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    American Association for the Advancement of Science (AAAS)
    Publication Date: 1980-07-04
    Description: For many years American science in the late 19th century was regarded as an intellectual backwater. This view derived from the assumption that the health of American science at the time was equivalent to the condition of pure science, especially pure physics. However, a closer look reveals that there was considerable vitality in American scientific research, especially in the earth and life sciences. This vitality is explainable in part by the natural scientific resources of the American continent but also in part by the energy given science from religious impulses, social reformism, and practicality. Furthermore, contrary to recent assumptions, the federal government was a significant patron of American science. The portrait of American science circa 1880 advanced in this article suggests that the nation's scientific enterprise was characterized by pluralism of institutional support and motive and that such pluralism has historically been the normal mode.〈br /〉〈span class="detail_caption"〉Notes: 〈/span〉Kevles, D J -- Sturchio, J L -- Carroll, P T -- New York, N.Y. -- Science. 1980 Jul 4;209(4452):26-32.〈br /〉〈span class="detail_caption"〉Record origin:〈/span〉 〈a href="http://www.ncbi.nlm.nih.gov/pubmed/7025200" target="_blank"〉PubMed〈/a〉
    Keywords: Government ; History, 19th Century ; Periodicals as Topic/history ; Religion and Science ; Research ; Science/*history ; United States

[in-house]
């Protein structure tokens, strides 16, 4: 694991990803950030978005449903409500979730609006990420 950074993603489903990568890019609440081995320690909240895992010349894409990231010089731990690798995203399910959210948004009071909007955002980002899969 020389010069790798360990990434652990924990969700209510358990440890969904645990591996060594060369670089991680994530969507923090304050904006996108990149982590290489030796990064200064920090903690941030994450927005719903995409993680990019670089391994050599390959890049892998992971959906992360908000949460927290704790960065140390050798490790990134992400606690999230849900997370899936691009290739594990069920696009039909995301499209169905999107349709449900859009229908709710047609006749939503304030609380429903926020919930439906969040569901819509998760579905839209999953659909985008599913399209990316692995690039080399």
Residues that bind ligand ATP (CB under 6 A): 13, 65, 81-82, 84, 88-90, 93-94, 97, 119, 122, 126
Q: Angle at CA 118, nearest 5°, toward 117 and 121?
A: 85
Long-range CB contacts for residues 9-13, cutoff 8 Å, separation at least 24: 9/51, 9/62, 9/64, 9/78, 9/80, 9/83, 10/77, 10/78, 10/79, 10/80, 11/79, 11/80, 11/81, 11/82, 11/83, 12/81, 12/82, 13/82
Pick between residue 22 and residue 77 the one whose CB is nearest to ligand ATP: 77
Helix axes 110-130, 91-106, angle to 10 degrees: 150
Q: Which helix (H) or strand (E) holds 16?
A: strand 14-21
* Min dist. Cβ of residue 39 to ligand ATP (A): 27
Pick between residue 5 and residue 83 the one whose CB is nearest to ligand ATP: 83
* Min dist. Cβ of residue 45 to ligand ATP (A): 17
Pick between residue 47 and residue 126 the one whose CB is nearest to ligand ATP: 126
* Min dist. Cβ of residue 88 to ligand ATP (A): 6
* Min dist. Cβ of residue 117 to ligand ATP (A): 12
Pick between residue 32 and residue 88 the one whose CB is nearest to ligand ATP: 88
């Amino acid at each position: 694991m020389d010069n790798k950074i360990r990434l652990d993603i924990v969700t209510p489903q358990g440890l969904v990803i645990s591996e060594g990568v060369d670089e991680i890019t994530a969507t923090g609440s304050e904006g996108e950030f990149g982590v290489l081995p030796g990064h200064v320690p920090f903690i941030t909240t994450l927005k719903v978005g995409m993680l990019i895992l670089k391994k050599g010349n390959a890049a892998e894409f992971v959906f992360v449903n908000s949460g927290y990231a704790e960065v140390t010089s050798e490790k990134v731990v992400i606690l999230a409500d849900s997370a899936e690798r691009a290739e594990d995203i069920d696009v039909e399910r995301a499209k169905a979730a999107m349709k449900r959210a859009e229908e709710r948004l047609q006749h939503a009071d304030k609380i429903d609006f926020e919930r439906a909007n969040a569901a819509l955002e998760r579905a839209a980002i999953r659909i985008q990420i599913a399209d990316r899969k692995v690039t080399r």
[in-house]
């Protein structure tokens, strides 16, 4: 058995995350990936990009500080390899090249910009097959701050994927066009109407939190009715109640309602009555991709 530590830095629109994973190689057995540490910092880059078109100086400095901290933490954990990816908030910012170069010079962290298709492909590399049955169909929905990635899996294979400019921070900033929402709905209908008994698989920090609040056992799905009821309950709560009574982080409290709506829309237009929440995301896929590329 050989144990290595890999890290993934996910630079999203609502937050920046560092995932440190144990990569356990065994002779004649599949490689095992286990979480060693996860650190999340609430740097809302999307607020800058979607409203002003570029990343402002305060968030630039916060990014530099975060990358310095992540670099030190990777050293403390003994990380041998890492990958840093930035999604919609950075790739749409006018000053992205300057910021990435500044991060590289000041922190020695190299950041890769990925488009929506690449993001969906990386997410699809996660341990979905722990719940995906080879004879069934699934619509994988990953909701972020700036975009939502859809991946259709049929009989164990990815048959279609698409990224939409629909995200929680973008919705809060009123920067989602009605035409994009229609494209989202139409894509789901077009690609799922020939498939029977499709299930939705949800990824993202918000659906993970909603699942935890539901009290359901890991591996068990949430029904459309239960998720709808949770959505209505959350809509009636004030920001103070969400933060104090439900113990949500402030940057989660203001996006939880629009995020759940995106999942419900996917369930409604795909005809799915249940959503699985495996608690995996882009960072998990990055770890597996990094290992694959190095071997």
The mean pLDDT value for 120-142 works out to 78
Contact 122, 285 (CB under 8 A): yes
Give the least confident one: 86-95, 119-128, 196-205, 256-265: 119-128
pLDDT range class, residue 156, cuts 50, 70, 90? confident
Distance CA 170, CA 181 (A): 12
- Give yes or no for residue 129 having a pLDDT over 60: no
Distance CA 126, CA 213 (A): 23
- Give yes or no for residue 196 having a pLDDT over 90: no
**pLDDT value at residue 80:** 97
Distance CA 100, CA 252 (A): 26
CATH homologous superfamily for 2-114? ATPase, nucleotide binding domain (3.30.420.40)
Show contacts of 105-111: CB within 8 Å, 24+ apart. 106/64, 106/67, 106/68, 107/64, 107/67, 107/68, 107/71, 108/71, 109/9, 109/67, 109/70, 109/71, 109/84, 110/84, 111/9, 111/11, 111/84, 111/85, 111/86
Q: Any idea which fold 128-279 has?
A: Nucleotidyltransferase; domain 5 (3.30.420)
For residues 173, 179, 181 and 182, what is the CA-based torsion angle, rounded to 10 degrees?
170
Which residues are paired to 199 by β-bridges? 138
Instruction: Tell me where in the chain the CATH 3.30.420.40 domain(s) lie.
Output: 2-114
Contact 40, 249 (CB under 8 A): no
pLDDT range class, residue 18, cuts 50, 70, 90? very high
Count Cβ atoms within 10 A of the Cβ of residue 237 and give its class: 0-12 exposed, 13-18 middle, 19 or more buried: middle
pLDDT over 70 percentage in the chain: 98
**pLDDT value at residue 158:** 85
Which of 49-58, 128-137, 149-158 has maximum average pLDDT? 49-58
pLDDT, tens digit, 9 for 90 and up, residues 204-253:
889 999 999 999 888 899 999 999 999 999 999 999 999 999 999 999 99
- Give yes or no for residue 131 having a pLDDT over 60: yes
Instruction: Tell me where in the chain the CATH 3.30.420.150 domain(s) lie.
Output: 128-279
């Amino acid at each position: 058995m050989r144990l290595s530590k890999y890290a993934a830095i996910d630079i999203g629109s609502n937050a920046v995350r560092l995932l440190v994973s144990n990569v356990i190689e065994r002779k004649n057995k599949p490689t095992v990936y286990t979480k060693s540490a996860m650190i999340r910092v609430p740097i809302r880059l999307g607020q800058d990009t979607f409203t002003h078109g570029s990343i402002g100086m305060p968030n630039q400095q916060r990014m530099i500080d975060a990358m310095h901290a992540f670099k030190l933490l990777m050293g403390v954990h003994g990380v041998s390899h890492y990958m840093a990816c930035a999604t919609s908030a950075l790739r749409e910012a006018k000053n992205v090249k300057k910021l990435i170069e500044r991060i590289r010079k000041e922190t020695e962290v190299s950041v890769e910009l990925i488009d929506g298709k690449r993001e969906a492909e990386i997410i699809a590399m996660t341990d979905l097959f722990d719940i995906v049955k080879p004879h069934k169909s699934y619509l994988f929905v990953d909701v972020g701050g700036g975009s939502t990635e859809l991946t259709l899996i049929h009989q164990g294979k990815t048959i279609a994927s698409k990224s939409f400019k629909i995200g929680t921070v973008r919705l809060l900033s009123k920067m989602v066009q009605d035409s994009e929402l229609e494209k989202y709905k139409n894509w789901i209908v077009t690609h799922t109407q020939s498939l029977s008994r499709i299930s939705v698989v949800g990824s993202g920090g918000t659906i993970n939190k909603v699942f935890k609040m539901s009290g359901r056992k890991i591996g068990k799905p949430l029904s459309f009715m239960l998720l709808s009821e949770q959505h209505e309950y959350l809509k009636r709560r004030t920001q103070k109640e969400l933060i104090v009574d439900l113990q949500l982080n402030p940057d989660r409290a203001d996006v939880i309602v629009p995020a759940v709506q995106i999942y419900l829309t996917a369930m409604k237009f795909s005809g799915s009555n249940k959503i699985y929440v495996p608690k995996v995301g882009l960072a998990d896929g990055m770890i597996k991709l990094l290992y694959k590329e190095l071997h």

Print ISSN: 0036-8075
    Electronic ISSN: 1095-9203
    Topics: Biology , Chemistry and Pharmacology , Computer Science , Medicine , Natural Sciences in General , Physics
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  • 7
    Publication Date: 2016-10-14
    Description: Bell et al. reported the first detection of the cyanopolyyne HC 11 N towards the cold dark cloud TMC-1; no subsequent detections have been reported towards any source. Additional observations of cyanopolyynes and other carbon-chain molecules towards TMC-1 have shown a log-linear trend between molecule size and column density, and in an effort to further explore the underlying chemical processes driving this trend, we have analysed Green Bank Telescope observations of HC 9 N and HC 11 N towards TMC-1. Although we find an HC 9 N column density consistent with previous values, HC 11 N is not detected and we derive an upper limit column density significantly below that reported in Bell et al. Using a state-of-the-art chemical model, we have investigated possible explanations of non-linearity in the column density trend. Despite updating the chemical model to better account for ion–dipole interactions, we are not able to explain the non-detection of HC 11 N, and we interpret this as evidence of previously unknown carbon-chain chemistry. We propose that cyclization reactions may be responsible for the depleted HC 11 N abundance, and that products of these cyclization reactions should be investigated as candidate interstellar molecules.
    Print ISSN: 0035-8711
    Electronic ISSN: 1365-2966
    Topics: Physics